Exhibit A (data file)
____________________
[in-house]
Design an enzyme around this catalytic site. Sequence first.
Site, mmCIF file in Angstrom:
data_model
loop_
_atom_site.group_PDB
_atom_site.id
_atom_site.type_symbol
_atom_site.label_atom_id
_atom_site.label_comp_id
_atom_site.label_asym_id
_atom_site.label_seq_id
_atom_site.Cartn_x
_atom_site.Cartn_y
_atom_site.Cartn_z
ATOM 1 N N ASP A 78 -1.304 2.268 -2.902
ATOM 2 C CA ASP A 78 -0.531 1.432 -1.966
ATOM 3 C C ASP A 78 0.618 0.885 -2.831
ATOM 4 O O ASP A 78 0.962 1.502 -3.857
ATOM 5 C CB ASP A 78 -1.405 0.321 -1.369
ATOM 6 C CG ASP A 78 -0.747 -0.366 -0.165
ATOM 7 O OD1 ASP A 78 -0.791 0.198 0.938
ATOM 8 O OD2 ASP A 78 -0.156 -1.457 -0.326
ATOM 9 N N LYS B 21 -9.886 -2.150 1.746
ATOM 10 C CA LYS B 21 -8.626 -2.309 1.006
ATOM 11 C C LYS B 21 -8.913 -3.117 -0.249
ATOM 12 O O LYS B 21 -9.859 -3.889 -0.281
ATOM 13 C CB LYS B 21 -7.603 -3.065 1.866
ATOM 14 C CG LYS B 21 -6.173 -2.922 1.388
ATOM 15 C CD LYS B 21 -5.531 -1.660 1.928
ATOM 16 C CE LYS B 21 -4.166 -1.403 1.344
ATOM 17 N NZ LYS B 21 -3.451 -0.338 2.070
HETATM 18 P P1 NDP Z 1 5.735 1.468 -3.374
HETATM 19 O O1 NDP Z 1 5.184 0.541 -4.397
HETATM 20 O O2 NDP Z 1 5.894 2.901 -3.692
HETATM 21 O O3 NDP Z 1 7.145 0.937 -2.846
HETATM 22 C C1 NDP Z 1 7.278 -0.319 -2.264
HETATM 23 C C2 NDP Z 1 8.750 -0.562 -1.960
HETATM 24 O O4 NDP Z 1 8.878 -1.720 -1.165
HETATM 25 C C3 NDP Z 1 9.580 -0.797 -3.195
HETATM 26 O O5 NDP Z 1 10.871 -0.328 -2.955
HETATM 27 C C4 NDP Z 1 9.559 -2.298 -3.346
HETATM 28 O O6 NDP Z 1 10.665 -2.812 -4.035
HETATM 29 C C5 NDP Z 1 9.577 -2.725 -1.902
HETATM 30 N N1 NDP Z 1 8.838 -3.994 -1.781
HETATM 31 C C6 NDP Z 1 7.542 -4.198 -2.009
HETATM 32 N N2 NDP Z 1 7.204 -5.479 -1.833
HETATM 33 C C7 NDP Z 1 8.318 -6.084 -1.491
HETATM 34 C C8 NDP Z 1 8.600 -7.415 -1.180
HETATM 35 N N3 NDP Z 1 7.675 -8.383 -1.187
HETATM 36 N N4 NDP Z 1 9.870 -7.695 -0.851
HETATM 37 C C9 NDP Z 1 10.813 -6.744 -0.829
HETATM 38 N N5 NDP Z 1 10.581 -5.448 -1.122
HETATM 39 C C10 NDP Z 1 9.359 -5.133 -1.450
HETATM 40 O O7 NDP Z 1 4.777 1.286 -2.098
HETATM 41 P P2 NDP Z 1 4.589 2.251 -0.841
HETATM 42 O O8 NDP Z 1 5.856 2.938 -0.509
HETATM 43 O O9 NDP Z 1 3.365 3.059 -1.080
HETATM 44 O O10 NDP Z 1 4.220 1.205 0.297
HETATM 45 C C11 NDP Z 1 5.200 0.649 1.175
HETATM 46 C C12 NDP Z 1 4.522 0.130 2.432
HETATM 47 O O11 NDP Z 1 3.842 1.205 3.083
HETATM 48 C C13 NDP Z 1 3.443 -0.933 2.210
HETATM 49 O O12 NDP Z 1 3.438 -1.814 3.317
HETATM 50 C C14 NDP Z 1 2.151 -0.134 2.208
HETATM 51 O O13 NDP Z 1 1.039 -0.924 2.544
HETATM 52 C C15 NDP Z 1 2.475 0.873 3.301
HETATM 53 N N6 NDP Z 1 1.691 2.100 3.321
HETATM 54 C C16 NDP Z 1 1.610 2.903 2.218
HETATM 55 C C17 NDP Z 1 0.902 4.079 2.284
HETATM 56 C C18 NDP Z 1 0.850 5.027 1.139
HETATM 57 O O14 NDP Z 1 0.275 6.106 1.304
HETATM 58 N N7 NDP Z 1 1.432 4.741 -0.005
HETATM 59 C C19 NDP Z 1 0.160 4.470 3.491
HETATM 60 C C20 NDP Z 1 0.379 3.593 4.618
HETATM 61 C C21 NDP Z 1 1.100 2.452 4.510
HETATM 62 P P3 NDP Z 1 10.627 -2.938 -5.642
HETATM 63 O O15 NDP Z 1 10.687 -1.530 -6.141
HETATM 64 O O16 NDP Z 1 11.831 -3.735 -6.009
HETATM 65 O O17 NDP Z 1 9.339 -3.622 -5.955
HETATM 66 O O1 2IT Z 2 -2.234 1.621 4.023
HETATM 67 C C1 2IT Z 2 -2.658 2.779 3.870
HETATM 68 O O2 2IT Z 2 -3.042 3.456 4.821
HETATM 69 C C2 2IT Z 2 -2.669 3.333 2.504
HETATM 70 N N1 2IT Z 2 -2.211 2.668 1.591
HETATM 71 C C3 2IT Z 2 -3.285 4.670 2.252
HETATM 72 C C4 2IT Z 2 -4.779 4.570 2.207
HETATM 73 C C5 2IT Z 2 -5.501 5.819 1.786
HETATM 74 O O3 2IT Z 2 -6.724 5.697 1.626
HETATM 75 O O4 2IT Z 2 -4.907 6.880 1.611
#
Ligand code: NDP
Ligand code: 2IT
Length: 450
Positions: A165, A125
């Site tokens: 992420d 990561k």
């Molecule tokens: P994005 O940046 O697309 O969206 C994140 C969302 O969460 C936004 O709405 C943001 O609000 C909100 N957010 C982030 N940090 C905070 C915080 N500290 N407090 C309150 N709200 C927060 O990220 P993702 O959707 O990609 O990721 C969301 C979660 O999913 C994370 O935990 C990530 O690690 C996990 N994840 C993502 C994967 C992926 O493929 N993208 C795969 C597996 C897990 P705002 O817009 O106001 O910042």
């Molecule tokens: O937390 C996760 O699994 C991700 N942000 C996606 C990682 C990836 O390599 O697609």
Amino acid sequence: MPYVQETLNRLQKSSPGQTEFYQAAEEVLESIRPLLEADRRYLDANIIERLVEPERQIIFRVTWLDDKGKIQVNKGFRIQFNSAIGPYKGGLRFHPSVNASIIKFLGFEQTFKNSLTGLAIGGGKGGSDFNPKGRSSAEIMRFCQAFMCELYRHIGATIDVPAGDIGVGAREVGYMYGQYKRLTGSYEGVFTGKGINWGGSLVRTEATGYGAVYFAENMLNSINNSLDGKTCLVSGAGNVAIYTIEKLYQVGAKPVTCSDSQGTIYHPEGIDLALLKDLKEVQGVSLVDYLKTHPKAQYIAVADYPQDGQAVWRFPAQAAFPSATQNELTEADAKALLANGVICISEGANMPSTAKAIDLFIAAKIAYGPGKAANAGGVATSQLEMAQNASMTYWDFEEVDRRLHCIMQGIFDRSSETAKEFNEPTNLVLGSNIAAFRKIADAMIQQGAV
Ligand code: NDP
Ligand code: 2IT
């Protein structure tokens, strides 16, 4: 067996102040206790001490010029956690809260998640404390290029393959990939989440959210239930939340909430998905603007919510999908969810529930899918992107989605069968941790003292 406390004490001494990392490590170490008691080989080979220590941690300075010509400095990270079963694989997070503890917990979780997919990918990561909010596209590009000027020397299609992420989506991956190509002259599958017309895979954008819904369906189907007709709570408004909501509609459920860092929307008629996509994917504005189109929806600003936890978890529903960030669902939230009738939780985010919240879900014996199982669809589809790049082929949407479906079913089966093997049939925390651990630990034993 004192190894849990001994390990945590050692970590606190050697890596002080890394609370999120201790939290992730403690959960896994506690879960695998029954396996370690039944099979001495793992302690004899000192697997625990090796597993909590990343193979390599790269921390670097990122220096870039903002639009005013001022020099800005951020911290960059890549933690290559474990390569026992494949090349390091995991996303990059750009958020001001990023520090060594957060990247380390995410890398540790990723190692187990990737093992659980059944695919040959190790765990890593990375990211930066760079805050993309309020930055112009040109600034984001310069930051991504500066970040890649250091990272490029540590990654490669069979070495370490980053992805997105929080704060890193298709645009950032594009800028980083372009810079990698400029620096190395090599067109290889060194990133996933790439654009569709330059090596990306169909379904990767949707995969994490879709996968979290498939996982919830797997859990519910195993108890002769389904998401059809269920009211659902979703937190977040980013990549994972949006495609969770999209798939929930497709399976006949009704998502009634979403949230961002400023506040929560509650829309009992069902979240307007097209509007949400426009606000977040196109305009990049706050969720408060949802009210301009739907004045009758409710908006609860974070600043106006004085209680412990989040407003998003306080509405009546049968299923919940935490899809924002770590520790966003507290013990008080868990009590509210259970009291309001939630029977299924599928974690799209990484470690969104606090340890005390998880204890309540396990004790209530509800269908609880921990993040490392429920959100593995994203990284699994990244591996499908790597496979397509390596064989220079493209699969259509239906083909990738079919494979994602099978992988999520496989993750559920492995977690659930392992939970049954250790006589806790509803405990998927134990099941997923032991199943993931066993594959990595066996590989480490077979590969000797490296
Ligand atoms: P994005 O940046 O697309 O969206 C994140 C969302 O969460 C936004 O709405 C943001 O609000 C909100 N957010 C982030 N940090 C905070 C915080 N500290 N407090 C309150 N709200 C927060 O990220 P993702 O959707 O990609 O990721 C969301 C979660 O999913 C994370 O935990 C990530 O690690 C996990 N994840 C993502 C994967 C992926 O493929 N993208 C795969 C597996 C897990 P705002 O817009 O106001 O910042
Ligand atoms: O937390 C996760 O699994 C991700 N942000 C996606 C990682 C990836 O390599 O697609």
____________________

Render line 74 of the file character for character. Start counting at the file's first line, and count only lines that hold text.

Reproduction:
HETATM 59 C C19 NDP Z 1 0.160 4.470 3.491